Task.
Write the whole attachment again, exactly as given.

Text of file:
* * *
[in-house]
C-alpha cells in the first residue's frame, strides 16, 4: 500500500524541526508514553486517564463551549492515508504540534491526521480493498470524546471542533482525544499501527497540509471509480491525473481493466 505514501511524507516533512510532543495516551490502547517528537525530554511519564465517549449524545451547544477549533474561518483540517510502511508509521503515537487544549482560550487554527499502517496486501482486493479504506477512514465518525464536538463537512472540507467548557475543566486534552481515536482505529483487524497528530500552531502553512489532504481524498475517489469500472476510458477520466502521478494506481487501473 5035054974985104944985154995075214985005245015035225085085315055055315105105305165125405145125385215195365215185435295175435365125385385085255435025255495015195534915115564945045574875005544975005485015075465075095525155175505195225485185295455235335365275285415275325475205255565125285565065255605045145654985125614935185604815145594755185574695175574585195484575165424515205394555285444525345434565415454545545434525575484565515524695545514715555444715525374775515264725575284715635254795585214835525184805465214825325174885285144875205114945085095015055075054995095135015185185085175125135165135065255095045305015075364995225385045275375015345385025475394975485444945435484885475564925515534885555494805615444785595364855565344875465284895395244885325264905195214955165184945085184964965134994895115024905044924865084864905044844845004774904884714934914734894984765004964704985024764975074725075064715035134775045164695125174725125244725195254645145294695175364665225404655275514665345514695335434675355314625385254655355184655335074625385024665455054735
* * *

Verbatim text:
[in-house]
C-alpha cells in the first residue's frame, strides 16, 4: 500500500524541526508514553486517564463551549492515508504540534491526521480493498470524546471542533482525544499501527497540509471509480491525473481493466 505514501511524507516533512510532543495516551490502547517528537525530554511519564465517549449524545451547544477549533474561518483540517510502511508509521503515537487544549482560550487554527499502517496486501482486493479504506477512514465518525464536538463537512472540507467548557475543566486534552481515536482505529483487524497528530500552531502553512489532504481524498475517489469500472476510458477520466502521478494506481487501473 5035054974985104944985154995075214985005245015035225085085315055055315105105305165125405145125385215195365215185435295175435365125385385085255435025255495015195534915115564945045574875005544975005485015075465075095525155175505195225485185295455235335365275285415275325475205255565125285565065255605045145654985125614935185604815145594755185574695175574585195484575165424515205394555285444525345434565415454545545434525575484565515524695545514715555444715525374775515264725575284715635254795585214835525184805465214825325174885285144875205114945085095015055075054995095135015185185085175125135165135065255095045305015075364995225385045275375015345385025475394975485444945435484885475564925515534885555494805615444785595364855565344875465284895395244885325264905195214955165184945085184964965134994895115024905044924865084864905044844845004774904884714934914734894984765004964704985024764975074725075064715035134775045164695125174725125244725195254645145294695175364665225404655275514665345514695335434675355314625385254655355184655335074625385024665455054735